The Lander & Rogers Superannuation Alert is a brief overview of new developments in the superannuation industry.

Type Subject matter Source Description

Federal Parliament

AFCA Bill passes both Houses

Treasury Laws Amendment (Putting Consumers First—Establishment of the Australian Financial Complaints Authority) Bill 2017

On 14 February 2018, the Treasury Laws Amendment (Putting Consumers First—Establishment of the Australian Financial Complaints Authority) Bill 2017 passed both houses of Parliament and is now awaiting Royal Assent.

According to the associated media release from the Hon Kelly O'Dwyer MP, "the Government has decided that AFCA will start receiving disputes from no later than 1 November 2018", with a "proposal for a not-for-profit company to operate the AFCA scheme to be lodged with Treasury by 15 March 2018".


New Bills to be debated

Treasury Laws Amendment (2018 Measures No. 1) Bill 2018

On 7 February 2018, the Treasury Laws Amendment (2018 Measures No. 1) Bill 2018 was introduced into the House of Representatives. According to the Explanatory Memorandum, the Bill proposes to:

  • "[amend] the superannuation laws to enable the [ATO] to pay certain superannuation amounts directly to individuals with a terminal medical condition";
  • amend the Income Tax Assessment Act 1997 (Cth), the Superannuation Laws Amendment (Capital Gains Tax Relief and Other Efficiency Measures) Act 2012, and the Tax Laws Amendment (2009 Measures No. 6) Act 2010 to "extend the tax relief for merging superannuation funds until 1 July 2020";
  • amend the Australian Prudential Regulation Authority Act 1998 (Cth) to "enable the Government to recover the ongoing cost of the governance of the superannuation transaction network from the superannuation supervisory levy"; and
  • "[transfer] the regulator role for the early release of superannuation benefits on compassionate grounds from the [Department of Human Services] to the [ATO]".
Treasury Proposed taxation changes to reversionary TRIS

Exposure Draft: Reversionary Transition to Retirement Income Streams

On 12 February 2018, the Treasury released draft legislation in relation to the reversion of the transition to retirement income streams (TRIS) to dependant beneficiaries. The Exposure Draft proposes to amend sub-section 307-80(3)(a) of the Income Tax Assessment Act 1997 to "ensure that reversionary transition to retirement income streams can be paid to dependant beneficiaries, irrespective of whether they satisfy a condition of release".

As the law currently stands, a reversionary TRIS will cease upon the death of the primary holder unless "the dependant beneficiary satisfies a condition of release before the benefits are paid". Treasury has acknowledged that the "inability for a TRIS to automatically revert where the dependant has not met a condition of release has resulted in administrative difficulties for funds".

Submissions to the exposure draft close on 23 February 2018.

Royal Commission First public hearing in Melbourne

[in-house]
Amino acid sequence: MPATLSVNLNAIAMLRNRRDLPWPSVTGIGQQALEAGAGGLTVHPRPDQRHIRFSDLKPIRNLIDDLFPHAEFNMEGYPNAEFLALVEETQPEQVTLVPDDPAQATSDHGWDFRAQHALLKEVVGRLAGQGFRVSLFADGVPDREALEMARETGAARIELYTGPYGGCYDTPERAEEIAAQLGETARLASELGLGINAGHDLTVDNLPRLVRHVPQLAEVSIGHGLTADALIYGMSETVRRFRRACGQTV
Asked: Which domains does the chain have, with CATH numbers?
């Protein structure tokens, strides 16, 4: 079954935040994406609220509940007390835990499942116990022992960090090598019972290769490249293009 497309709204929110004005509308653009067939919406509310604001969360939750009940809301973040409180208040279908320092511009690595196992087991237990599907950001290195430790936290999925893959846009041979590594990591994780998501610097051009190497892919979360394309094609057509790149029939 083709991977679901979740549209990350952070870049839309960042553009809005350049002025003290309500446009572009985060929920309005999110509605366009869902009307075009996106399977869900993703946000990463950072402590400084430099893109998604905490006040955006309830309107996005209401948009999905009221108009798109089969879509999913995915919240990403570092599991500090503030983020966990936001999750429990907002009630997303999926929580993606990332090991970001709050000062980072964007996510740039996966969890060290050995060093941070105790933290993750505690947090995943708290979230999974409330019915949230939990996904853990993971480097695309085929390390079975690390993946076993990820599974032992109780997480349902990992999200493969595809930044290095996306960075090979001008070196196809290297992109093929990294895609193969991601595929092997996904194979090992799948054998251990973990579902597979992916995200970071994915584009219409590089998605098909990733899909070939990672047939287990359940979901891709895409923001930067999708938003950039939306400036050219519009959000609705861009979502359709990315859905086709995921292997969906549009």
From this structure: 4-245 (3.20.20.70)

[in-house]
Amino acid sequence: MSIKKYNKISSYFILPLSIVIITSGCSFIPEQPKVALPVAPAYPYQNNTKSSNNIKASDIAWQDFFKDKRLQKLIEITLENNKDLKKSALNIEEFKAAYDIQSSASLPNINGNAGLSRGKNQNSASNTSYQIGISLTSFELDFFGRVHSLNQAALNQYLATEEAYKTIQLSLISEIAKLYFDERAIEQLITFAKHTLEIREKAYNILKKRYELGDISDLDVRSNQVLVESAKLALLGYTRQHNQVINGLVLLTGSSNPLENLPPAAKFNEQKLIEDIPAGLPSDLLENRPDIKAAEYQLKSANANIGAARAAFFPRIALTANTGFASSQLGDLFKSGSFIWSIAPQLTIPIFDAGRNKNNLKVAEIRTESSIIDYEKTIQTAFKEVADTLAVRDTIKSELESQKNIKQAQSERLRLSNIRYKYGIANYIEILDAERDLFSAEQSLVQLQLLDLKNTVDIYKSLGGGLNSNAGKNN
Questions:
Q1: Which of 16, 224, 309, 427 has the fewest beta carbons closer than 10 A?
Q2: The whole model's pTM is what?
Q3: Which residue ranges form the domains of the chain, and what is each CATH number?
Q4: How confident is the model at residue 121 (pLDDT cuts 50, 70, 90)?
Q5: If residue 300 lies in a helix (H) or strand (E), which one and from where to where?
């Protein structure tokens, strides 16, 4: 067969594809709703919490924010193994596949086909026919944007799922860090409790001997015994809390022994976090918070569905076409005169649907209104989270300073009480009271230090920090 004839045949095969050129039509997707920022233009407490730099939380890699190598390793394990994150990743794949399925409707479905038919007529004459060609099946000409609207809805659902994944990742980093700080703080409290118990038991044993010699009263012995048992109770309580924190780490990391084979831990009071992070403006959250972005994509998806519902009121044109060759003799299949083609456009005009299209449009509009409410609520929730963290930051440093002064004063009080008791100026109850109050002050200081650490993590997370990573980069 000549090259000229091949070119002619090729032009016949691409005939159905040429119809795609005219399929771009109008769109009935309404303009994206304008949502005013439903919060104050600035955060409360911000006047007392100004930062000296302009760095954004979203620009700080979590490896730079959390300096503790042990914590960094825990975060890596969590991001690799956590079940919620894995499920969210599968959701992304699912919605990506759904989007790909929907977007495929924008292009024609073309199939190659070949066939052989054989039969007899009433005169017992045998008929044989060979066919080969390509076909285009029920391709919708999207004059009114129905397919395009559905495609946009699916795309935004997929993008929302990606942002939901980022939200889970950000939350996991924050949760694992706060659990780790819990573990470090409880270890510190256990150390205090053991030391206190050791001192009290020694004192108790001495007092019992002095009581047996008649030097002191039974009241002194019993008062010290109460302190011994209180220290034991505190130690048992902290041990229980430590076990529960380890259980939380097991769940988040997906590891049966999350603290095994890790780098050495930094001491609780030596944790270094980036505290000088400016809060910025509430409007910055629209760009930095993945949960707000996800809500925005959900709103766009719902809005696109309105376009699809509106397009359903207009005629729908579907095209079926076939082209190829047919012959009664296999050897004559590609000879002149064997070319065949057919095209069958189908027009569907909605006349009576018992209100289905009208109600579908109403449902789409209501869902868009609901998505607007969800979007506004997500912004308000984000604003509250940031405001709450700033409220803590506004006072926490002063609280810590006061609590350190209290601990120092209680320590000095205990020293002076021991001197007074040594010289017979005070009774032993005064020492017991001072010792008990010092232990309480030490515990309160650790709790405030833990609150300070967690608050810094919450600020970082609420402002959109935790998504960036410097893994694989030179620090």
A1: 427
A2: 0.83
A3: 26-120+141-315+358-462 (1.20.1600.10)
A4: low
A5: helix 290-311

Transcript for 12 February 2018

On 12 February 2018, the initial public hearing for the Royal Commission into Misconduct in the Banking, Superannuation, and Financial Services Industry was held in Melbourne. Commissioner Kenneth Hayne QC and Rowena Orr SC made initial statements as to the background of the enquiry, focusing on the following themes:

  • Schedule: the first round of hearings will commence in one month. The first round of hearings will consider whether consumers are being "treated honestly and fairly" in the context of a number of credit products such as home loans, car loans, and credit cards. Another area of focus will be the "financial planning and wealth management industry". Ms Orr noted that this "presents an important opportunity to evaluate the success of [the Future of Financial Advice] reforms and inquire into the practices of the financial advisory industry".
  • Appearance at a hearing: the Commission has published Practice Guideline 3 in relation to appearing at a hearing. A person or entity who wishes to appear at a round of public hearings "will need to demonstrate a direct or substantial interest in the hearing of a case study or subject of inquiry."
  • Settlement deeds: Commissioner Hayne referred to section 6M of the Royal Commissions Act 1902 and reiterated that in the context of a settlement with a financial services entity, "a confidentiality or non-disparagement clause in an agreement will not act as a reasonable excuse against production in answer to a notice to produce or a summons. It would not be a reasonable excuse not to answer a question in a hearing."
  • Consumer submissions: an online form was released on 22 January 2018, directed at members of the public who would like to put forth submissions. Since its release, more than 385 submissions have been received. Of the responses received to date, approximately 49% relate to banking, 18% to superannuation, 6% relate to the general insurance market, and 6% relate to the life insurance and total permanent disability insurance market.
  • Research Papers: the Commission will produce a series of research papers which will be released over the course of the year. The first of these, entitled Features of the Australian Banking Industry: Background Paper Number 1, was released last week.